As we watched, the three began to climb out of the river beside our vehicle. As the young ones made their way up the bank, the mom got in front of our vehicle and engaged us in a stare off. She was close enough that she could have easily touched the hood of the vehicle with her trunk.

We could hear her snuffling as she glared intently into each of our eyes.

We can't say we weren't warned. -- Photo by kim Perrin

Kim and I, who were both standing up in the vehicle, stopped breathing we were so still. Bilal had his hand on the keys in the ignition but he didn’t move a muscle either. While this wasn’t the largest elephant we had seen, we all knew how fierce the protective mom could turn in an instant if she thought we were a danger to the young ones she had in tow.

After what seemed like an eternity, but in reality was only about two or three minutes she turned and led her charges off. All three of us took a big breath.

Bilal said he had been afraid if he started the vehicle to get us away, it would have caused her to charge.

Kim and I had wanted to have an adventure when we came to Africa, and this day certainly provided one. But we were both irked that neither of us had taken a photo of the face off. I would remember that later during another close-up wildlife encounter

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A bit disheveled, but I finally got myself back up from the creek, and Shanna even got a photo of Maggie and I together, which led to my sliding down the cliff. -- Photo by Shanna Lee

“Remember what Bilbo used to say: It’s a dangerous business, Frodo, going out your door. You step onto the road, and if you don’t keep your feet, there’s no knowing where you might be swept off to.” — J.R.R. Tolkien

Travels With Maggie

Rowlett, one of the many suburbs surrounding Dallas and where my oldest daughter lives, has been my home for the past couple of weeks. What with a grandson’s wedding, other family activities and a fenced backyard for Maggie, I haven’t taken my usually daily walks.

So it was with extreme delight yesterday when my granddaughter, Shanna, Maggie and I were able to escape for a stroll in Rowlett’s Springfield Park, which offers walking paths along a creek and around a lake. For the more adventurous, there’s also a narrow path through the woods that runs alongside a creek. Of course this is the one the three of us took.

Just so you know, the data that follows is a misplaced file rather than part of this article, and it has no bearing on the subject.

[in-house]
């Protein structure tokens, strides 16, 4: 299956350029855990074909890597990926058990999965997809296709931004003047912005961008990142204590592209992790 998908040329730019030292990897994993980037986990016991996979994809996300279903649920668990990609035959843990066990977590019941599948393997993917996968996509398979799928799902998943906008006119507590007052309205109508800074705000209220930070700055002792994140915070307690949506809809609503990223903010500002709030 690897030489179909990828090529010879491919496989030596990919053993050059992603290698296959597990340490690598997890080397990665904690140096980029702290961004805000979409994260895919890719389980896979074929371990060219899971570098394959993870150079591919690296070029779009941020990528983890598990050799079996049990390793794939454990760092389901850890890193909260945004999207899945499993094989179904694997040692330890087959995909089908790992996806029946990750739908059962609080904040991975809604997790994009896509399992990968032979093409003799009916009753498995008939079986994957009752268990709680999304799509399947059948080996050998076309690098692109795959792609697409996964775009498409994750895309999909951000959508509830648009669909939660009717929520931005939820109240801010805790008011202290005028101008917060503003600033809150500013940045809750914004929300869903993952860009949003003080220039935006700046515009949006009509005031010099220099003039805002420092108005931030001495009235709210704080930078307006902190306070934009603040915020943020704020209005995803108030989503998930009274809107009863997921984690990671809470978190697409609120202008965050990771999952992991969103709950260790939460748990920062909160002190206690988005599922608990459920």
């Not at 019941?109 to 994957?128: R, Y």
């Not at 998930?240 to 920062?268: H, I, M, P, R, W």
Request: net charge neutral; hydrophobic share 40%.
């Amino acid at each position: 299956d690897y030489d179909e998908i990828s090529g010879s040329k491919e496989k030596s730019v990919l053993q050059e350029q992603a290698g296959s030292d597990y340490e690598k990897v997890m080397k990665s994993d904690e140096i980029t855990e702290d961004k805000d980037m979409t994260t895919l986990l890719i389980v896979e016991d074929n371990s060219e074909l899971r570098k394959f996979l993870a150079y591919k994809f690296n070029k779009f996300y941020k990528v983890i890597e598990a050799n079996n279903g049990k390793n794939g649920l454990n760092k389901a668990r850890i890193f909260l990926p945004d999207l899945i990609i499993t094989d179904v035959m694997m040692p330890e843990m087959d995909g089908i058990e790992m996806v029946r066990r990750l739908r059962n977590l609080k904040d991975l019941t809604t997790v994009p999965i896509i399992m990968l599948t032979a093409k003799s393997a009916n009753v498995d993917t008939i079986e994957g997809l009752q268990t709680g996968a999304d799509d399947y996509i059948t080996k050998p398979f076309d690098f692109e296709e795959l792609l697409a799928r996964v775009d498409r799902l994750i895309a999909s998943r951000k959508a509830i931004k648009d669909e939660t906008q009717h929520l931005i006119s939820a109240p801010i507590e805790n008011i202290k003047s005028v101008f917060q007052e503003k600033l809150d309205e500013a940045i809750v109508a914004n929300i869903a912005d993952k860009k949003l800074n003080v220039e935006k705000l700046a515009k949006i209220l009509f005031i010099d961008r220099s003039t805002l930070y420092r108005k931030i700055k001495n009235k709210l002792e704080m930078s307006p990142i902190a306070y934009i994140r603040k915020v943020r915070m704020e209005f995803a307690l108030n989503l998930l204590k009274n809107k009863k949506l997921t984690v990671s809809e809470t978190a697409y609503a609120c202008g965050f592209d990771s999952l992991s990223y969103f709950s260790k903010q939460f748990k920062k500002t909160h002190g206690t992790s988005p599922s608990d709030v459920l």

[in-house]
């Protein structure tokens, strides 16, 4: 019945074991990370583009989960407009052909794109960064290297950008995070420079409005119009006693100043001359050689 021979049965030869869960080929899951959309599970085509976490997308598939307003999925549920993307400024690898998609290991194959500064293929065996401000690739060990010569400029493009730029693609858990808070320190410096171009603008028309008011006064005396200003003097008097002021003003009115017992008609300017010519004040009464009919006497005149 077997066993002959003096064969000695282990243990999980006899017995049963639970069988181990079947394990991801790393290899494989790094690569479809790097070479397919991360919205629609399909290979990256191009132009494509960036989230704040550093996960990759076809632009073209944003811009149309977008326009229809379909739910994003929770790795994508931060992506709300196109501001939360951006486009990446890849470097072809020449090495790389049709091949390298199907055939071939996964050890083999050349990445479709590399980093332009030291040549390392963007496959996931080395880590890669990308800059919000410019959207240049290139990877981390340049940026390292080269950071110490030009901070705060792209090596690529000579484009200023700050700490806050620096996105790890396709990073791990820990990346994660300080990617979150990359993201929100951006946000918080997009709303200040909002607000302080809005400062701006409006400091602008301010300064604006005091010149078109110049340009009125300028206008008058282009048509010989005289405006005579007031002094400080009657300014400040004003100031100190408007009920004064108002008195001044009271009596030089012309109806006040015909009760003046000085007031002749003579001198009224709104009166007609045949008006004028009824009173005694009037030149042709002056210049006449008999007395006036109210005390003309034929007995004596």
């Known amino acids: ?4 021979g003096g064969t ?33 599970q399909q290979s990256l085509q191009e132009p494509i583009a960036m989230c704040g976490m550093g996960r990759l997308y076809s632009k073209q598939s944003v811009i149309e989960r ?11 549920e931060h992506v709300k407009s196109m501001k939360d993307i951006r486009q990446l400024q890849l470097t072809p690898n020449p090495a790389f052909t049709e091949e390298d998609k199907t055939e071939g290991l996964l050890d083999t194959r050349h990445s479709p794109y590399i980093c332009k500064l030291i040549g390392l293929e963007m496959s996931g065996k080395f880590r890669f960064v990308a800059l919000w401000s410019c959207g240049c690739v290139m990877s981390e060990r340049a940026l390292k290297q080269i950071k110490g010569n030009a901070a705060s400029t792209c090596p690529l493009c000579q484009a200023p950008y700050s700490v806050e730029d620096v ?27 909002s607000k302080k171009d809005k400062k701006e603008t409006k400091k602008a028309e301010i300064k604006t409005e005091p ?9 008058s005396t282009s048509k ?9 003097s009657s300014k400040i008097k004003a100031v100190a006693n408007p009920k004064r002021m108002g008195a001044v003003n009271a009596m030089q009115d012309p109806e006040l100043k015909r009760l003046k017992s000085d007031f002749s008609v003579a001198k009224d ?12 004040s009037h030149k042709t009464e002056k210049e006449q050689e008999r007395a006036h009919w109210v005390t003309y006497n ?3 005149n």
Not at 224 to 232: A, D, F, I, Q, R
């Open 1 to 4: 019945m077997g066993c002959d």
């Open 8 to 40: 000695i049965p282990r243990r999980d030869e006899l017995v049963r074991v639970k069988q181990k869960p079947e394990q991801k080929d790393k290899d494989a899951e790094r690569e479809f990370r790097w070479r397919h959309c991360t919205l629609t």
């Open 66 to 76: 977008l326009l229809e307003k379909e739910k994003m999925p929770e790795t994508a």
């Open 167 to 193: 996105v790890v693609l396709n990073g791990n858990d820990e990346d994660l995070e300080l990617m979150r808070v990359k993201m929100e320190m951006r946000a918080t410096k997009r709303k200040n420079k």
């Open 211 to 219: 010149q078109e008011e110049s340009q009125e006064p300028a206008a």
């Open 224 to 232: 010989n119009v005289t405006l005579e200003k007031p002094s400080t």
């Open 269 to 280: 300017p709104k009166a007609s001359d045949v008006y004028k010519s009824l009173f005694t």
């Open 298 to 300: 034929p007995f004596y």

A butterfly and wildflowers, evidence of spring bursting out all over. -- Photo by Pat Bean

As we hiked, I took photographs of wildflowers, butterflies, budding trees, great-tailed grackles and the creek. At one point along the hike, a huge gnarl of intertwined tree trunks caught my attention. I decided it would be a great spot for Shanna to take a picture of Maggie and me. Since I’m always the photographer, I don’t have any good photos of my canine traveling companion and me together.

Erosion, however, had cut a part of the path away that I needed to cross to get over to the scenic photo site. Over-estimating my athletic skills, I decided I could maneuver past it.

Bad idea!

One step quickly found me sliding down a steep eight-foot drop. Fortunately I was able to grab hold of a tree snag that counteracted gravity just about six inches before I would have ended up in the creek.

Shanna’s immediate response was to nervously ask: “Are you OK Nana. Are you hurt.” I wasn’t. The only casualty was my turquoise pants whose seat and one leg was a dirty brown. Maggie, whose retractable leash I still had in my hand, gave me a look that clearly said: “That was a stupid thing to do. Don’t expect me to rescue you.”

Since Shanna couldn’t reach me, it was a self rescue using snags to slowly haul myself up, always remembering to make sure I had three limbs firmly placed before I reached for a new hold.

The response from my granddaughter when I reached the top was: “You’re awesome Nana.” Her words made my fall well worth the effort.

Shanna also managed to snap a picture of Maggie and I just before I reached the top of the path again. It wasn’t quite the photograph I had pictured earlier, but I decided it was good enough.